Energy for the 21st Century

Energy for the 21st Century

Opportunities and Challenges for Liquefied Natural Gas (LNG)

New Horizons in Environmental and Energy Law series

Susan L. Sakmar

Countries around the world are increasingly looking to liquefied natural gas (LNG) – natural gas that has been cooled until it forms a transportable liquid – to meet growing energy demand. Energy for the 21st Century provides critical insights into the opportunities and challenges LNG faces, including its potential role in a carbon-constrained world.

Chapter 2: The LNG value chain

Susan L. Sakmar

Subjects: environment, energy policy and regulation, environmental law, law - academic, energy law, environmental law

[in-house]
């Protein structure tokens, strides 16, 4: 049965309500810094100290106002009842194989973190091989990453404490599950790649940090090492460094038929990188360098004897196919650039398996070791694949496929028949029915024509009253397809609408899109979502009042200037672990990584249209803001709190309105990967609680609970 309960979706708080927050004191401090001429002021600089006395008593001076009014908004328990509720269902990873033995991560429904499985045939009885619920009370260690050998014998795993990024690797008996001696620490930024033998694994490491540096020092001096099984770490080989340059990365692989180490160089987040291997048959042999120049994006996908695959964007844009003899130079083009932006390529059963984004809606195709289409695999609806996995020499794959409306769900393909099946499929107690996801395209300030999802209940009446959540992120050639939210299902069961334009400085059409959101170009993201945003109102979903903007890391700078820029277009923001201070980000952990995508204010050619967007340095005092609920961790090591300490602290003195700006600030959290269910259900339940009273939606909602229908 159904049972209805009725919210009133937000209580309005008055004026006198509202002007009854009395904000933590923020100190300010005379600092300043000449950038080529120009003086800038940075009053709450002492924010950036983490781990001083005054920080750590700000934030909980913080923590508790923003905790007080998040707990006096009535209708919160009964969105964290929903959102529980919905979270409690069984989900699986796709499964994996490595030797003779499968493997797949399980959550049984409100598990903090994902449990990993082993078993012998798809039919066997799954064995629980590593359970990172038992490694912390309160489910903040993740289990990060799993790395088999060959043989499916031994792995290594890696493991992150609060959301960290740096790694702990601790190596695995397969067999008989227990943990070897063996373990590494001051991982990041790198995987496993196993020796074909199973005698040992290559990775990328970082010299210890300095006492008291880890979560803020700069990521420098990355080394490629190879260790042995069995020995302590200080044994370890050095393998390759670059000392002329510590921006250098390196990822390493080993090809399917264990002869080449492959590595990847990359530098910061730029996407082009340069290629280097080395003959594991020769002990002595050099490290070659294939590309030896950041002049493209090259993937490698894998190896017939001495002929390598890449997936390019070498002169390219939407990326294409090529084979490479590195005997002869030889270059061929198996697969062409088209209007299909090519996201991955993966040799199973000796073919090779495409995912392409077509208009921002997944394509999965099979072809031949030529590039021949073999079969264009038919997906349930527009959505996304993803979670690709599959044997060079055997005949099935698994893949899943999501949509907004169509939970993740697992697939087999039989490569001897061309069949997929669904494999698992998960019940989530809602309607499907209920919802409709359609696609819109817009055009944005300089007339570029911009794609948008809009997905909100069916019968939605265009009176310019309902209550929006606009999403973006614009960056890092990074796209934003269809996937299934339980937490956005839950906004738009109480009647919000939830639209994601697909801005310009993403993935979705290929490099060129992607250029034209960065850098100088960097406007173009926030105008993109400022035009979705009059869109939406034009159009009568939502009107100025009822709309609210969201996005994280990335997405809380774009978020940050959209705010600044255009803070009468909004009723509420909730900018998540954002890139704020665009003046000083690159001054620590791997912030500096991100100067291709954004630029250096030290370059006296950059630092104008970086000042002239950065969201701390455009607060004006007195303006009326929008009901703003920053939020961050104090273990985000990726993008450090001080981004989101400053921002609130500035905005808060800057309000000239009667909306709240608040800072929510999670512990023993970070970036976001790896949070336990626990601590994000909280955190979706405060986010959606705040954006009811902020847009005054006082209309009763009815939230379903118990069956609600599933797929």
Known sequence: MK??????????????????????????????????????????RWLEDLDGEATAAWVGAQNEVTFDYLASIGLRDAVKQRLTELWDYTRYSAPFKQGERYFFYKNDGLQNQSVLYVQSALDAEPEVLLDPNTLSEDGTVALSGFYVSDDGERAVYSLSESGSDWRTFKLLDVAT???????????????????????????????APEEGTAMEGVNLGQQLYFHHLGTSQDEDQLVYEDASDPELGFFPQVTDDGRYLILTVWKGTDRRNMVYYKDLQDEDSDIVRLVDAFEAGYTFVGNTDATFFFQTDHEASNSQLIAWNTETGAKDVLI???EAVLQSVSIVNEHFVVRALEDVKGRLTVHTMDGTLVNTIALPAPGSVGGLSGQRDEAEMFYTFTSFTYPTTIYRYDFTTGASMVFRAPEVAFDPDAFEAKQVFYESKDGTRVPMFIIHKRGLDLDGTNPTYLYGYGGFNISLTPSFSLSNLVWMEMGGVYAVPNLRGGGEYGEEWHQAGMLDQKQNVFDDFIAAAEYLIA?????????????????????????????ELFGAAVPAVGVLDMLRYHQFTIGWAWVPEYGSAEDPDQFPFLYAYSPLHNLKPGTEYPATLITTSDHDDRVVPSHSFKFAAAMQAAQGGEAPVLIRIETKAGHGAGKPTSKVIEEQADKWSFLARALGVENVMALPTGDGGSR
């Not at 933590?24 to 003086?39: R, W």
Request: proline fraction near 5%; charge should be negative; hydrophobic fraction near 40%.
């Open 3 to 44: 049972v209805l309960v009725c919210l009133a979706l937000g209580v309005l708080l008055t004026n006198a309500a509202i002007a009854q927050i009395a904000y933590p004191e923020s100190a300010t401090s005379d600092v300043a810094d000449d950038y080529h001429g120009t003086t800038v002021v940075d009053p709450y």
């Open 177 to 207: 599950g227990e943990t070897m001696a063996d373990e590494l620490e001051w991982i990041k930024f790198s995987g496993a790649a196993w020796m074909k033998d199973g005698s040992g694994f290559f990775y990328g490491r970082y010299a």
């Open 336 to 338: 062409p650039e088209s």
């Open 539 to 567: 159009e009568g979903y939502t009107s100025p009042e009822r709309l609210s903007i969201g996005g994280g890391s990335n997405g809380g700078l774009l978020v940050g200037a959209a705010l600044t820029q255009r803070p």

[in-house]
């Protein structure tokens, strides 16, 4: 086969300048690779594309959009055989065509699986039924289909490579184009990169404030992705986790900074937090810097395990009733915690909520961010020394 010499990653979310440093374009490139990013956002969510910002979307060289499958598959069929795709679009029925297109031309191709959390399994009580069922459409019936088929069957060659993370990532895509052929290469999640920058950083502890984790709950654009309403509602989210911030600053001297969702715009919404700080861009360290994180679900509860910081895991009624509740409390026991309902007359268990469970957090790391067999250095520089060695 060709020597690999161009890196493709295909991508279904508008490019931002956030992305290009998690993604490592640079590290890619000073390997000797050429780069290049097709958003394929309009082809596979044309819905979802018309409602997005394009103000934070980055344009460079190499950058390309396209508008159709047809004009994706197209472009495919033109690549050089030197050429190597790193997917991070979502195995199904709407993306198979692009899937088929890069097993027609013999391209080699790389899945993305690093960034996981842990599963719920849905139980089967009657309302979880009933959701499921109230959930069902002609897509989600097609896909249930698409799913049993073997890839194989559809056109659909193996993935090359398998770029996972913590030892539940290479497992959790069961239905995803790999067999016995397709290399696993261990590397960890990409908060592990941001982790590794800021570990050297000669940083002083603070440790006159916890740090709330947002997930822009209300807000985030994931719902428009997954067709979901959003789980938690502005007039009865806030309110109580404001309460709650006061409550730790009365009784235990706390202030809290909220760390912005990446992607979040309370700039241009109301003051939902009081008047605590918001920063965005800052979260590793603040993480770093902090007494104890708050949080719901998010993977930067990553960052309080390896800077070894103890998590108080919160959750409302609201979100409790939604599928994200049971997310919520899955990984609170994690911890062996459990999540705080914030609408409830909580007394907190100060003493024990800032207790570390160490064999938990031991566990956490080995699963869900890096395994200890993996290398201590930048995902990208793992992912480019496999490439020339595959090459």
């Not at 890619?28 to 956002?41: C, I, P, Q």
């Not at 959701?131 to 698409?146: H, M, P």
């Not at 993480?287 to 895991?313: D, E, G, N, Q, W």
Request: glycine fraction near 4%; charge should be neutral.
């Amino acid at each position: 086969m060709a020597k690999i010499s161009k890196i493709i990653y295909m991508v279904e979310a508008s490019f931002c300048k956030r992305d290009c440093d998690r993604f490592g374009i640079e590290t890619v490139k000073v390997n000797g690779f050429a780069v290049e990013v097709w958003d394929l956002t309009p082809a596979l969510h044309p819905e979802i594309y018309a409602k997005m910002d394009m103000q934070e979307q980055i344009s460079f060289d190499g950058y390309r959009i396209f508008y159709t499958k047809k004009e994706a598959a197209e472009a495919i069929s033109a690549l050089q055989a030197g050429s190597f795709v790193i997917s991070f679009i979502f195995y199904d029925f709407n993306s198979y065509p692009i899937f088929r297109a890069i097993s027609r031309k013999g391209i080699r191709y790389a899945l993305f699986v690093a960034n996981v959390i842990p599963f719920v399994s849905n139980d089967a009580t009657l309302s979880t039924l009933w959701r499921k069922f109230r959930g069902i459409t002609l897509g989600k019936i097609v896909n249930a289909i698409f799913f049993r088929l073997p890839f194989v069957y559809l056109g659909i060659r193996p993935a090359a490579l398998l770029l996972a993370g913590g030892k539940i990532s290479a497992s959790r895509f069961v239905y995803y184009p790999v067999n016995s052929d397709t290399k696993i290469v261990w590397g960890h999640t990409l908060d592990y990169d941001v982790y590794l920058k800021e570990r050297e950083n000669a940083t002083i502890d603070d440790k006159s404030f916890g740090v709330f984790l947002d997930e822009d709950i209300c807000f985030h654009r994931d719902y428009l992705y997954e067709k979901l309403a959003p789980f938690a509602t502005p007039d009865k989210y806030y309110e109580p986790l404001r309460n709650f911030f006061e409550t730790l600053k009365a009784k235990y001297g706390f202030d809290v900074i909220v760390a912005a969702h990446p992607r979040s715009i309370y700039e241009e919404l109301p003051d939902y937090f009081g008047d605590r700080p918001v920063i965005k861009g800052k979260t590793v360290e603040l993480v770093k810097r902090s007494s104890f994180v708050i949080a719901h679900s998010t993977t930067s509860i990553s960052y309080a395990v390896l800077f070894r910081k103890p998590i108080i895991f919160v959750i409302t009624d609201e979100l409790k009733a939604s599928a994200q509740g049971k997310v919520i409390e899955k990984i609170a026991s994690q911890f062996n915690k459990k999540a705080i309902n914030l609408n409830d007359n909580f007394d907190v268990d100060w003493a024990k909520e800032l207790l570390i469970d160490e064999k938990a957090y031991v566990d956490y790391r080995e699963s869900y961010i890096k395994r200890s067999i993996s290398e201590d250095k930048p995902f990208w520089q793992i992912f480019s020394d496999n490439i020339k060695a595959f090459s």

The intense interest and growth in LNG trade over the past decade warrants a brief discussion of the entire LNG value or supply chain since the LNG “boom” has affected every aspect of the business. In the past decade, the pressure on the LNG industry to successfully navigate the numerous operational, commercial and environmental issues related to the LNG value chain has been incredibly intense. On the construction end, there was intense pressure on the industry to construct new LNG infrastructure to meet rising demand. The demand for new liquefaction and regasification facilities led to constraints in engineering services and bottlenecks of delivery of certain equipment such as cryogenic storage. The intense demand affected the cost and schedule of construction and operations and many in the industry complained of skyrocketing costs and equipment delays. Nonetheless, during this time period, liquefaction capacity witnessed significant growth, as did the number of receiving terminals in construction, expansion projects and proposals. As demand for LNG grew, so too did the number of players seeking to enter the fast-growing LNG market. The growth led to a more competitive global LNG market, which in turn drove companies to seek cost savings and efficiencies along the entire value chain. The LNG value chain comprises a complex set of activities, all of which are capital intensive and require specialized knowledge in order to execute successfully.1 The LNG value chain begins with the drilling and production of natural gas from subsurface gas reservoirs – usually offshore.

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